Many biology textbooks say the ability to roll your tongue into a tube is determined by a single gene you inherit from your parents.
The idea of a dominant “tongue-rolling” gene was actually debunked long ago, but many schools still use it as a classic example, says John McDonald, an evolutionary biologist at the University of Delaware who is on a quest to dispel this myth, according to PBS Newshour.
Between 65 and 81 per cent of people can curl their tongues, and slightly more women than men can do it, studies find.
The notion that a person’s ability to roll his or her tongue is determined by a single dominant gene stems from a paper published in 1940 by geneticist Alfred Sturtevant. But a scientist named Philip Matlock disproved the findings in 1952, when a study of identical twins found that 7 out of 33 lacked the ability to roll their tongues. Sturtevant later conceded that he had been wrong.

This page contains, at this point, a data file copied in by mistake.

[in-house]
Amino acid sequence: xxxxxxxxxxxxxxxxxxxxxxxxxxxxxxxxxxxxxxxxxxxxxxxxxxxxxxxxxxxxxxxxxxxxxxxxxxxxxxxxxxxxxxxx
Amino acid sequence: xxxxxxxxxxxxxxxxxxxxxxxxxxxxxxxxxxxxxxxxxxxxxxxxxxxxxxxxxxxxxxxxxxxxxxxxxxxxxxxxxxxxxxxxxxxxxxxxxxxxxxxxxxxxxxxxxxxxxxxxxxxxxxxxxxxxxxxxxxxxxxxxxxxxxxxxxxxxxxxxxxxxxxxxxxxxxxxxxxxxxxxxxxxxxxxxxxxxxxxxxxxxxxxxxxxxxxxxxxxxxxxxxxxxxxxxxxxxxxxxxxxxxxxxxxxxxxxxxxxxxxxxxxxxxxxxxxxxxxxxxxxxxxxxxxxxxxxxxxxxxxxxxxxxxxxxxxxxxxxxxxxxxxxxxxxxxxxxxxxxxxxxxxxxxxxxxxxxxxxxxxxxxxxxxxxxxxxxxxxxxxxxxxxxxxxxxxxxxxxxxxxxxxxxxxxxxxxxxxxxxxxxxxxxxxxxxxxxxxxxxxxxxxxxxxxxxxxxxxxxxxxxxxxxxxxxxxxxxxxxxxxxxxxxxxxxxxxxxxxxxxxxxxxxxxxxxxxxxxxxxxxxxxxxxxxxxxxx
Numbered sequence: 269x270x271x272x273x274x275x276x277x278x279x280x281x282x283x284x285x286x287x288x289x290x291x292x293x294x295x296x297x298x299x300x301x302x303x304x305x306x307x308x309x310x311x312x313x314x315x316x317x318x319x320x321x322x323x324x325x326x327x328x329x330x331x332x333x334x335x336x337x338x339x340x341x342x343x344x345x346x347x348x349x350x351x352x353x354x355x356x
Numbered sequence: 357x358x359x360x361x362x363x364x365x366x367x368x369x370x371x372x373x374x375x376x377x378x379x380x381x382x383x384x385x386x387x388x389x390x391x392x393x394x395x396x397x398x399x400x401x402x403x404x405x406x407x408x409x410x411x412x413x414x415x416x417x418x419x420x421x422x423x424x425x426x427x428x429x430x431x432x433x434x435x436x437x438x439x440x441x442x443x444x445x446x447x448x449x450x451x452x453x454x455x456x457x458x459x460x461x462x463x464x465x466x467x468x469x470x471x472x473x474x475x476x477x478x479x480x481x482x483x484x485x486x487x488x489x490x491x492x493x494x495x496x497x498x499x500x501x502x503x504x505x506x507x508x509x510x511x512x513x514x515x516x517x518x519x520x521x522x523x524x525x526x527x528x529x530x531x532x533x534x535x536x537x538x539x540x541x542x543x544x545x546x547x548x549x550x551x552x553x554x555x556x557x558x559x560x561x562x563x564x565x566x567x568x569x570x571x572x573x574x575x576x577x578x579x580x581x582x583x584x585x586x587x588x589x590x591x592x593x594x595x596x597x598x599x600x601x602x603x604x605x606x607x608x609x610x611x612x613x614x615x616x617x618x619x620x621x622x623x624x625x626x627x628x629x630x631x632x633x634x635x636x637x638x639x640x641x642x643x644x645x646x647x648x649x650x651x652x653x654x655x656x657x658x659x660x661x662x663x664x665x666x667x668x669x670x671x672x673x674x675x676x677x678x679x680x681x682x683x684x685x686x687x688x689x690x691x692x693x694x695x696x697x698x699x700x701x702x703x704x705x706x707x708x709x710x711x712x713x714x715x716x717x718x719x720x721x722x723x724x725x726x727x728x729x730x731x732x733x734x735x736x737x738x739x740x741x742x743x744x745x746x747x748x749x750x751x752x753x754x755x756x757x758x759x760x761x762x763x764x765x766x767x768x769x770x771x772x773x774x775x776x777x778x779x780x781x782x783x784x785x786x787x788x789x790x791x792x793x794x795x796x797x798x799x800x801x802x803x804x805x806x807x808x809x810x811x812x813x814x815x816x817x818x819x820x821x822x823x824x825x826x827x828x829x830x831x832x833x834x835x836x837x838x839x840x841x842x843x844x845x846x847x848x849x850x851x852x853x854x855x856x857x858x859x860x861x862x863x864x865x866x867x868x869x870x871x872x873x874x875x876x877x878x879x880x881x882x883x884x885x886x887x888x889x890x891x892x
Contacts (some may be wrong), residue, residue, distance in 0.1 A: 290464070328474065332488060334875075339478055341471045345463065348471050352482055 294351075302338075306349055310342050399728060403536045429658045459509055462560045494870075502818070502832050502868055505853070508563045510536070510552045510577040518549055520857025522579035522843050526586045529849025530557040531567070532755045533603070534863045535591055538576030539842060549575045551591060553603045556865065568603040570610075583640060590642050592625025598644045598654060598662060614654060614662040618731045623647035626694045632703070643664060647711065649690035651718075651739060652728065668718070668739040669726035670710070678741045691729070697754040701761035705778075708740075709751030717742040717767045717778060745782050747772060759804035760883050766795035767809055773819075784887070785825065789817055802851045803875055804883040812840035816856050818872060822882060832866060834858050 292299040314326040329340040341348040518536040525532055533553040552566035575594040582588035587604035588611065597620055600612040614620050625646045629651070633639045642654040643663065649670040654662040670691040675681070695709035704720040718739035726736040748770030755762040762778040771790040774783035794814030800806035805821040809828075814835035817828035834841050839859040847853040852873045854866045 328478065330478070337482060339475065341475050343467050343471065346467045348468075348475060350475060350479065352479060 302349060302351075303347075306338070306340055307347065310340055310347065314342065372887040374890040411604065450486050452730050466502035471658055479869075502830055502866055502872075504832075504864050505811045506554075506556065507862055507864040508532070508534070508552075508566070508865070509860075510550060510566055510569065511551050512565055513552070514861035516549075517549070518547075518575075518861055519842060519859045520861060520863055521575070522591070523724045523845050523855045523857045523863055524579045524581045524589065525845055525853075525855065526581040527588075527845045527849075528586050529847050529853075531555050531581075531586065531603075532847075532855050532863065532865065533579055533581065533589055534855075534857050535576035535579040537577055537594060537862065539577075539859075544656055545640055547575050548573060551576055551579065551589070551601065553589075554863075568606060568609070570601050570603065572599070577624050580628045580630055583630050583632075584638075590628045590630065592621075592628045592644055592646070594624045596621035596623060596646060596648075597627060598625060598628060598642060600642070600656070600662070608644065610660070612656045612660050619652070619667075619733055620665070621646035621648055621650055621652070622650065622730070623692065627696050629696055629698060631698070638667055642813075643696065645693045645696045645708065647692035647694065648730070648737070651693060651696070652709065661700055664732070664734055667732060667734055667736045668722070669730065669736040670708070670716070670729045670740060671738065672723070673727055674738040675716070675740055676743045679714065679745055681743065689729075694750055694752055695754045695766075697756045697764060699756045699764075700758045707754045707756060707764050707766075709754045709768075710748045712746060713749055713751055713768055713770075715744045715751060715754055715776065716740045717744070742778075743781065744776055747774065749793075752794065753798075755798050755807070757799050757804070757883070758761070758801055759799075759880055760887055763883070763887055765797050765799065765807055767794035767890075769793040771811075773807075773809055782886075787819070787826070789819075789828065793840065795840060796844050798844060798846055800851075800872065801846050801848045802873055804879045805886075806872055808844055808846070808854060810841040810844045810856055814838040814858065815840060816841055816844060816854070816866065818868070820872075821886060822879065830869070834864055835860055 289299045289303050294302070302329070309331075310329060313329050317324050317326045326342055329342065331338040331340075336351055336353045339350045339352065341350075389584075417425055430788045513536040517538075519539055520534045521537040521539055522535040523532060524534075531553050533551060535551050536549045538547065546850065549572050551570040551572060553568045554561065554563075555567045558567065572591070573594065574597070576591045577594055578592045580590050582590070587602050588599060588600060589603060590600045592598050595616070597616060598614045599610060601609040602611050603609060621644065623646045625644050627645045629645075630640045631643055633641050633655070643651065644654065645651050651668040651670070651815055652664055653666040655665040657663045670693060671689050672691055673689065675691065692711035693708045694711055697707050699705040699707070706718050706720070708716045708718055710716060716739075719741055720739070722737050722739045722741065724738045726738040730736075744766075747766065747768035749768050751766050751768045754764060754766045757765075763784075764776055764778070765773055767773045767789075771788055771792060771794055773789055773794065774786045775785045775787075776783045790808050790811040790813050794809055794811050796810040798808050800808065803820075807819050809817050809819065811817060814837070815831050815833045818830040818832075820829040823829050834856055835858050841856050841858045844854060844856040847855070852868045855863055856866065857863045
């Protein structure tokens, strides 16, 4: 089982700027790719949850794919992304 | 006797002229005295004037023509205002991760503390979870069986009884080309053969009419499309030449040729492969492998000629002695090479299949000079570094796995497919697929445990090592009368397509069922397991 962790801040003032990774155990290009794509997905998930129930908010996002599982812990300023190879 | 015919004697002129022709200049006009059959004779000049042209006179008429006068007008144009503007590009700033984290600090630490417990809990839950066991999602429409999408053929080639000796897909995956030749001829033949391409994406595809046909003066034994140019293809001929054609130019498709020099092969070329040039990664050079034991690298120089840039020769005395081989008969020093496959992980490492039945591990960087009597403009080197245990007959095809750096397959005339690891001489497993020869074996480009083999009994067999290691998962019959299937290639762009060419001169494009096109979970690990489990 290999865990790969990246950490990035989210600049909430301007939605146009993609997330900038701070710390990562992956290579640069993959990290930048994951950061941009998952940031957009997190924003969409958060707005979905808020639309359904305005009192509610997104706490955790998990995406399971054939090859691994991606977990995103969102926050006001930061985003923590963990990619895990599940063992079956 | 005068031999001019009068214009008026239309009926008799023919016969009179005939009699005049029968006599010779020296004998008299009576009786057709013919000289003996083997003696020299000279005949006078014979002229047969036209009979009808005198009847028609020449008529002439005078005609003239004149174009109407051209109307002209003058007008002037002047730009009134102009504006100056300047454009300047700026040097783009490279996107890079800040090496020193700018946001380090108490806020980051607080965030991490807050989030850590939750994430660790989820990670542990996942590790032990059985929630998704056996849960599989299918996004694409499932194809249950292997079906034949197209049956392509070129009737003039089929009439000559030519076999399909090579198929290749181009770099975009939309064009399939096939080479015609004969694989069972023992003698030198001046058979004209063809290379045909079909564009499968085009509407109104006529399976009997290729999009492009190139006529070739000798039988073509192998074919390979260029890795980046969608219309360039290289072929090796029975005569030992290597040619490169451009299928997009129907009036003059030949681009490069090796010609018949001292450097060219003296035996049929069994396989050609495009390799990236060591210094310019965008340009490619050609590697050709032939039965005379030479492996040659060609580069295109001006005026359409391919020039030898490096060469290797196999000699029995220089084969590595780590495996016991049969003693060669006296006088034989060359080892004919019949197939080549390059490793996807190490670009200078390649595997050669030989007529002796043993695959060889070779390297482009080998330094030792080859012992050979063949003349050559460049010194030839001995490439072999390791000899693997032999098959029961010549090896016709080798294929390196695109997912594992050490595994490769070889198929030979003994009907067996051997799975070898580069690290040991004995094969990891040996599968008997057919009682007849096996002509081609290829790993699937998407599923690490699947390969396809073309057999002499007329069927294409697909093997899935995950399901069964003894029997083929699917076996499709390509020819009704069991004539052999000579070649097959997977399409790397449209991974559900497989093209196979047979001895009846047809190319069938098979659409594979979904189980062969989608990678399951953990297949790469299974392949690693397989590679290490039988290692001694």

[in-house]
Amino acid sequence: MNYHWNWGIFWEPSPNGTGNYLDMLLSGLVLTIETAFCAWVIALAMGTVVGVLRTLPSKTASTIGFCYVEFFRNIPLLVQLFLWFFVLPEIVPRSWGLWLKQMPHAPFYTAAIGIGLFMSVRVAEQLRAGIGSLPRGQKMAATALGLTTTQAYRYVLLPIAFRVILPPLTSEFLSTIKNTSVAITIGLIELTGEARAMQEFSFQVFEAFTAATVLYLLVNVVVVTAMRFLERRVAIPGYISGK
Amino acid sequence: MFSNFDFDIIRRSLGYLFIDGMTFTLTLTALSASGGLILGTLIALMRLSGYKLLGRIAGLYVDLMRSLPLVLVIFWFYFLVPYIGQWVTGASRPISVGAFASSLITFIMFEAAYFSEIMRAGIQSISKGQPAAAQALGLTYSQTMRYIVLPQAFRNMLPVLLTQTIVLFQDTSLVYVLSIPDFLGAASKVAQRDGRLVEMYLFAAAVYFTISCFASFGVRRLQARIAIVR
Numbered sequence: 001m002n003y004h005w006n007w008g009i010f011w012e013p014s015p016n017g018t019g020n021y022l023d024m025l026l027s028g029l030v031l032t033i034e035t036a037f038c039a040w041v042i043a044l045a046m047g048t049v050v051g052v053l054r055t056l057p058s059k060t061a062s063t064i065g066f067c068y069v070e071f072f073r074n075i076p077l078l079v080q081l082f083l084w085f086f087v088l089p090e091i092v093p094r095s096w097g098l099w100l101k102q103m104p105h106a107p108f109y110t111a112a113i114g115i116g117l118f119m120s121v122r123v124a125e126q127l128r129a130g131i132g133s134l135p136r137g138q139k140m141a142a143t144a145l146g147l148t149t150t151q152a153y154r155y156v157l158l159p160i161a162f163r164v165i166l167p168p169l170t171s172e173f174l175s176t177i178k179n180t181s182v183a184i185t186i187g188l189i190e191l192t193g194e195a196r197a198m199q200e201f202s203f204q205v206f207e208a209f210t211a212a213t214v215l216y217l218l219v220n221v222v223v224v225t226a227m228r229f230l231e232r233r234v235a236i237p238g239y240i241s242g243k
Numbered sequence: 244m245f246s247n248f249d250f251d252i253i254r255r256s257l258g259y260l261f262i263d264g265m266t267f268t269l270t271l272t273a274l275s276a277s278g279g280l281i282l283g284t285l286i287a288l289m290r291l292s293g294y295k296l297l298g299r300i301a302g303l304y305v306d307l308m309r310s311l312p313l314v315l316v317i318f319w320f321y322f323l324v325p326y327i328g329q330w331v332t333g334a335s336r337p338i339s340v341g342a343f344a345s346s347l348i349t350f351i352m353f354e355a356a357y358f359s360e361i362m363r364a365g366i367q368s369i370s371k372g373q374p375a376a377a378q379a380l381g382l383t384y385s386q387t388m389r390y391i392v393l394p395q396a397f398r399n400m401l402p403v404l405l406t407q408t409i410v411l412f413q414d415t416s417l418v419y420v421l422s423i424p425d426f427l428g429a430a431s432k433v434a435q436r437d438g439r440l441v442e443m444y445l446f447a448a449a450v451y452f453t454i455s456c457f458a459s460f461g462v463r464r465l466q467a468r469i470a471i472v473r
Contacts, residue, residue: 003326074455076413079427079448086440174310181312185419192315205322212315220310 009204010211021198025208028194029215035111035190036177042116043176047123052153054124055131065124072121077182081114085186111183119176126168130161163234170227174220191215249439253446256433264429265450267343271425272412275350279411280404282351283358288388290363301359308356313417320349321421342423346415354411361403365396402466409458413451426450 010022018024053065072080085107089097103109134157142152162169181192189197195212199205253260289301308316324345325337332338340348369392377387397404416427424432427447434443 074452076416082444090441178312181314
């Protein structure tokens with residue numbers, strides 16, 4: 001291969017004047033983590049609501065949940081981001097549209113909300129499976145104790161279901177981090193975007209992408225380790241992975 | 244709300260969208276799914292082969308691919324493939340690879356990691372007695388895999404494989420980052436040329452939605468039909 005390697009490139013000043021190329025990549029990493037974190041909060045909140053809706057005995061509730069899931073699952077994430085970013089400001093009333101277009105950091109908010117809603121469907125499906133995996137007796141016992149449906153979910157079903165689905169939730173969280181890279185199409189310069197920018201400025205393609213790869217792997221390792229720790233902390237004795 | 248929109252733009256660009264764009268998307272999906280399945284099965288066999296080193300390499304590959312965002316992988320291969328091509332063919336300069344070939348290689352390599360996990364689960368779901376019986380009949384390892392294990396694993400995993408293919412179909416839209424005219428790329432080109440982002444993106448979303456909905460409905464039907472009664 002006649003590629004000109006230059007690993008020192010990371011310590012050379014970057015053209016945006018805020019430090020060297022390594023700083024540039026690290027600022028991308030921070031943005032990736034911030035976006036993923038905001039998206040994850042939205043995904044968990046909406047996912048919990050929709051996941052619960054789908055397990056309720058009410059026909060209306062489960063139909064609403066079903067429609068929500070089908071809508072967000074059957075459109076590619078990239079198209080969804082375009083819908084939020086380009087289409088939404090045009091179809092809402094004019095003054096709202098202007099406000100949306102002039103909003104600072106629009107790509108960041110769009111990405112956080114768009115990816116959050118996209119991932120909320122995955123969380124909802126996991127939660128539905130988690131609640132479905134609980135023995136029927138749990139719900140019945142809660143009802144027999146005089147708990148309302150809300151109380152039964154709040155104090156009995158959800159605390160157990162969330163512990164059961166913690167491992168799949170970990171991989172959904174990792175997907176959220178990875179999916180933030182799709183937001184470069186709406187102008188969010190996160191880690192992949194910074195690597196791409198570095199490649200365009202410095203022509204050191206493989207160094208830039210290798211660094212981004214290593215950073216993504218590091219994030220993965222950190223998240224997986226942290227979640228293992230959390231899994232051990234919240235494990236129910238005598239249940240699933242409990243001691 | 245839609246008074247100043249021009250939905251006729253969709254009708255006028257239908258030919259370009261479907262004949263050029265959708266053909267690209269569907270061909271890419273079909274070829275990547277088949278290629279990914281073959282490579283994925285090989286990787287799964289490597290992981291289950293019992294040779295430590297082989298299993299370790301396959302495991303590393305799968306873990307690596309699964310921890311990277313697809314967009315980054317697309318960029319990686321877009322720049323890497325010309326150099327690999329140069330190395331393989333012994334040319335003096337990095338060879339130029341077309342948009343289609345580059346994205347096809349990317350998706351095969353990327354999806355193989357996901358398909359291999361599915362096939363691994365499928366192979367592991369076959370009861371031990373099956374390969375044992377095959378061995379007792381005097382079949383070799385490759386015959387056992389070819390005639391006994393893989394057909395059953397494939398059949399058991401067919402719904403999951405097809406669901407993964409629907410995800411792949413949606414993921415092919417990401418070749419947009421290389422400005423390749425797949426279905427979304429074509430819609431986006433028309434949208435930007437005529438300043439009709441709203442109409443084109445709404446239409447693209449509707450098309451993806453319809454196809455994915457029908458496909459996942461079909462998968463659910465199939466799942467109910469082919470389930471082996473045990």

But the myth persists in textbooks today.
That’s not to say that genetics doesn’t play any role in the ability, McDonald says. It could be that multiple genes are involved, such as genes that determine the length or muscle tone in the tongue.
Now, you may be wondering, can tongue rolling be learned? Maybe, but it’s not easy. McDonald’s students did a small study where they asked 33 people who couldn’t roll their tongue to practice the feat each day. After a month of practicing, only one person was able to do it.
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